Freeze drying is one of the latest innovations in the food industry. It is a process used to dehydrate products by freezing them and reducing the pressure to make the frozen water content in the products sublime. This way does not damage the product structure like other dehydration processes, which require higher temperatures.

So the products have a dry and solid outer surface and are lightweight, enabling easy transportation and storage.

Freeze-dried products also have the closest color, taste, texture and nutritive value that is closest to that of fresh products.

CCA Manila is still on top of its game

As the top pioneer school in professional culinary education in the Philippines, CCA Manila has long produced graduates who are not only competent in the kitchen, but also proficient in business and food management.

When the school was established in 1995, the expectations for culinary students were limited to the confines of a kitchen or hotel. Well, times have changed.

“Today, the culinary arts industry is not just relegated to hotel kitchens and restaurants, it’s everywhere,” noted Bea. “The culinary field has elevated itself beyond working in the kitchen.”

And CCA Manila is equipping its students who want to start building their food business.

CCA Manila recently partnered with Thames International, a business school known for its innovative programs.

“Early this year, Joel Santos of Thames International came up to us and asked if we were interested in handling the technical aspect of running a food business in their school,” shared Bea. “That sounded interesting so CCA Manila readily agreed.”

iMee, Thailand’s best instant noodles, come in delicious flavors like Green Curry, Tom Yam Goong and Seafood.

The partnership between the two institutions allows CCA Manila to offer students a “Diploma in Food Entrepreneurship” and a “Certificate in Food Business and Innovation.”

“The Diploma in Food Entrepreneurship aims to produce successful chefs who can become leaders in the competitive food industry,” explained Bea.

The six-month program gives students a strong foundation, the mindset, skill set and tools to make their culinary business dreams become a reality.

“It’s designed for people who have a business idea in food or they already have a food business, but they want to scale up,” she added. “Nowadays, a lot of people want to own a food franchise, put up an online food business, or join bazaars. Sometimes they fail because they don’t have the right tools and have no idea what’s the next step to take.”

And since the Diploma in Food Entrepreneurship is an extensive program, students will understand the vital roles of each key player in the food service system.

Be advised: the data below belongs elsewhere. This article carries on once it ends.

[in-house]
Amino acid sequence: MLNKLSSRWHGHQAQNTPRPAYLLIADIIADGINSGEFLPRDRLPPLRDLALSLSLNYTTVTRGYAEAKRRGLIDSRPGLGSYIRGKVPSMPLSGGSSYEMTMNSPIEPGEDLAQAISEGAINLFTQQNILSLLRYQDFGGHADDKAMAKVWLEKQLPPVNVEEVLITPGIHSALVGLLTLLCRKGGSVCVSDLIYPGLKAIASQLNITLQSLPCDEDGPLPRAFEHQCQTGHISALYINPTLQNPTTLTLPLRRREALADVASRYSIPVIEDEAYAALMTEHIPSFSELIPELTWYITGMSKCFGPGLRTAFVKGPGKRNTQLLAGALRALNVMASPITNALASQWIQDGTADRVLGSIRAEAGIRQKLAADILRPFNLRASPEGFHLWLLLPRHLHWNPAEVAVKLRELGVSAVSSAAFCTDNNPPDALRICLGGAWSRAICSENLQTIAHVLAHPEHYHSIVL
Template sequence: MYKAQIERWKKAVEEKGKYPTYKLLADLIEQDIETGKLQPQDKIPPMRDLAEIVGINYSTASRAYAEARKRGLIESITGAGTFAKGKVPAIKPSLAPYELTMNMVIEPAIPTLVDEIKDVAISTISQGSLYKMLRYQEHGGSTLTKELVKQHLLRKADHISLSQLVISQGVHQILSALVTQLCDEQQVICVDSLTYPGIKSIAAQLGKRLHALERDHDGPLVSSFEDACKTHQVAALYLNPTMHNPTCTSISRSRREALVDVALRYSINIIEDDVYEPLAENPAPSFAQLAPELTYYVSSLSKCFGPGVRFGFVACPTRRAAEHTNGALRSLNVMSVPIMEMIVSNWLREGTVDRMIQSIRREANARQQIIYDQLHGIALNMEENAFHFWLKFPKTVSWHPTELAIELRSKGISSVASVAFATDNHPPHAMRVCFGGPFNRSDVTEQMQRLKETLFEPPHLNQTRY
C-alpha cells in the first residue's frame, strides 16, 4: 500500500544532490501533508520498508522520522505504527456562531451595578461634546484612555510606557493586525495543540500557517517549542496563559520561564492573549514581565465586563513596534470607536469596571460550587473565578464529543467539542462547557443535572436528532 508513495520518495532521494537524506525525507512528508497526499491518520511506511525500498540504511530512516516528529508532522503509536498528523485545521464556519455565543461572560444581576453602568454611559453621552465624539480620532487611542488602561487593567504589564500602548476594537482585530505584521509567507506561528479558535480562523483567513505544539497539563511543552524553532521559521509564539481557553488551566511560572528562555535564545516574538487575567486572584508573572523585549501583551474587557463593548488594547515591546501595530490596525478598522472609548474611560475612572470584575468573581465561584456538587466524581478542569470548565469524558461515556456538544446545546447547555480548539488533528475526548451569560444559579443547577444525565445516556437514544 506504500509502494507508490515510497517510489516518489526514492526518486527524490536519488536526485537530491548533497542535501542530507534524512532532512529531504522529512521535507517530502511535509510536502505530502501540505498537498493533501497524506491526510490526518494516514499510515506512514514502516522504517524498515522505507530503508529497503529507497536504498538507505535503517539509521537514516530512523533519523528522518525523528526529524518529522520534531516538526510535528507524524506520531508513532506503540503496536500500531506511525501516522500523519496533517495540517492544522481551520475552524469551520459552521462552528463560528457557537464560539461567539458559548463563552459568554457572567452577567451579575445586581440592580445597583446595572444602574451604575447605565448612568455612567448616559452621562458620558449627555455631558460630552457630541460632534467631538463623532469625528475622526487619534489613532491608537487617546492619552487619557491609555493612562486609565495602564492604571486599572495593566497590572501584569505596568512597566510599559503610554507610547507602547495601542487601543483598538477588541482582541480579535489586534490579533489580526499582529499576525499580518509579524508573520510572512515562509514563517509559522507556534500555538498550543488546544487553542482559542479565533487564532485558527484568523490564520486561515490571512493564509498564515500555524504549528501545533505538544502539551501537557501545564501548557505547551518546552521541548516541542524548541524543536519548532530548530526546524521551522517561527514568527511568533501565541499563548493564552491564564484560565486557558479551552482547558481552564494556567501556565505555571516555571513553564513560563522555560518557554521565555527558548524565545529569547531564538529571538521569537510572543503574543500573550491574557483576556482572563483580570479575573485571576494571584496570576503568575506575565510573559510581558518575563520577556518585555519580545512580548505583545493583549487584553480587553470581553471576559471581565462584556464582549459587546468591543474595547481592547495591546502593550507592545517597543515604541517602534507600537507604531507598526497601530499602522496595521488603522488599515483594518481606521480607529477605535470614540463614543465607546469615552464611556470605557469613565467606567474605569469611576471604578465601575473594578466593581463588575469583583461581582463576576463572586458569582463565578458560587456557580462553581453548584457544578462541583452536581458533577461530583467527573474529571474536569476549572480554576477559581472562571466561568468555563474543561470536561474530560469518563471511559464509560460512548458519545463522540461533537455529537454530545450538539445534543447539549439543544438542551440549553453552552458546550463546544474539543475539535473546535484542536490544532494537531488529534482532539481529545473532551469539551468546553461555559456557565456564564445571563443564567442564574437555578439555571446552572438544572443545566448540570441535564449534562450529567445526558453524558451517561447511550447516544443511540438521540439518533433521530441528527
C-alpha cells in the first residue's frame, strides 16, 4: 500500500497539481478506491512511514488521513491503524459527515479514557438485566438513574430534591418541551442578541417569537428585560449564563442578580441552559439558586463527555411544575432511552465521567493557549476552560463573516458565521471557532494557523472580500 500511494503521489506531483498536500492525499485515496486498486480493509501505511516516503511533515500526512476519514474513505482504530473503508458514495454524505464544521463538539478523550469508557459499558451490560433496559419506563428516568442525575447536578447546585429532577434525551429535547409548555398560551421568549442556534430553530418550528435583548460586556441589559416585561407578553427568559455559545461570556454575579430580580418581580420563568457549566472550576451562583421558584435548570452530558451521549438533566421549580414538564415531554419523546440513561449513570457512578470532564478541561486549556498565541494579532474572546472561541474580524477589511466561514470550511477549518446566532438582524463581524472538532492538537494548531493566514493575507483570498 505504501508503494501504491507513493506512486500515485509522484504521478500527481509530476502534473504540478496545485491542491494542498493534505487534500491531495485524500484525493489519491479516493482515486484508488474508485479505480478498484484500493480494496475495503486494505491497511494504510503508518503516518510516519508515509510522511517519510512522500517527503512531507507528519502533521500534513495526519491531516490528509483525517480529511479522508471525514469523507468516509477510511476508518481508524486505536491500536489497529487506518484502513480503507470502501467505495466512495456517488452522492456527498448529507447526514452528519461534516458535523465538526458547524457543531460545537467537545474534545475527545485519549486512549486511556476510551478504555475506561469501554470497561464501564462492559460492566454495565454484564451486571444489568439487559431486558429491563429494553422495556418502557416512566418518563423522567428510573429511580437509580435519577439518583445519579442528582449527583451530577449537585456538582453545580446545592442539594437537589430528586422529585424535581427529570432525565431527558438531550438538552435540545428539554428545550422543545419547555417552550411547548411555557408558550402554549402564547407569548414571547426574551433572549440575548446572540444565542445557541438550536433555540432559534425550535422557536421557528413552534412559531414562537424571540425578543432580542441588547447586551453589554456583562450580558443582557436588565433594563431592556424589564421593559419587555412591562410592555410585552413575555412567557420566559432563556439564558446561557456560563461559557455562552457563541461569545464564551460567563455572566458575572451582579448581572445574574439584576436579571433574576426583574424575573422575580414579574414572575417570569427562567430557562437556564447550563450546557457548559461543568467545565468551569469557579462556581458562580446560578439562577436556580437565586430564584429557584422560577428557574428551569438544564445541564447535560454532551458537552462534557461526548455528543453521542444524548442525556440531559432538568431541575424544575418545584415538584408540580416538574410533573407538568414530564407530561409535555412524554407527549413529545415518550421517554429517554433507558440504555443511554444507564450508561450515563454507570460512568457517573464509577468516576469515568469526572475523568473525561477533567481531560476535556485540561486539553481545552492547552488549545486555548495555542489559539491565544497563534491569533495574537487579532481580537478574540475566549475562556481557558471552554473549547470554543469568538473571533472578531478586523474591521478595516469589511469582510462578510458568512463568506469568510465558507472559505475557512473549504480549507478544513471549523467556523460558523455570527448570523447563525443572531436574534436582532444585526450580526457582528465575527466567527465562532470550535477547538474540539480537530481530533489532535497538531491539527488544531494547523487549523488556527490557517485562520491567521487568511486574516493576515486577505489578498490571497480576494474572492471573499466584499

“They will also learn how to achieve the highest level of efficiency and, of course, maximum profit,” Bea shared.

At the end of the program, students will be knowledgeable on a wide array of processes, from menu planning, purchasing and inventory to storage and distribution, among others.

Team CCA at ThaiFex: Center for Culinary Arts (CC A) Manila corporate communications and PR manager Ana Beatrice G. Trinidad (fifth from left) with students (from left) Monellyzza Bustos, Geraldine Pura, program and operations coordinator Rheine Marc De Villa, Paulo De los Santos, Dan Carlo S. Pambid and Karlo Rafaele Flores at ThaiFex-World of Food Asia 2019 held in Bangkok, Thailand

The “Certificate in Food Business and Innovation,” on the other hand, is designed for those who are eager to break the mold in their food business.

“The rationale behind this certificate course is that it is not just enough to offer good food to customers,” said Bea. “One has to be more innovative and groundbreaking considering the tight competition among food service providers.”

This course will help students develop concrete product concepts for their food business. They will also learn about nutrition and food safety.

“But most of all, this will equip them with fundamentals of culinary arts to make them get ahead of their competitors,” Bea enthused.

The culinary field has elevated beyond working in the kitchen, and CCA Manila is equipping its students who want to start building their food business.

With ample knowledge, the right tools, hard work and a positive attitude, the future is bright for these young food-preneurs.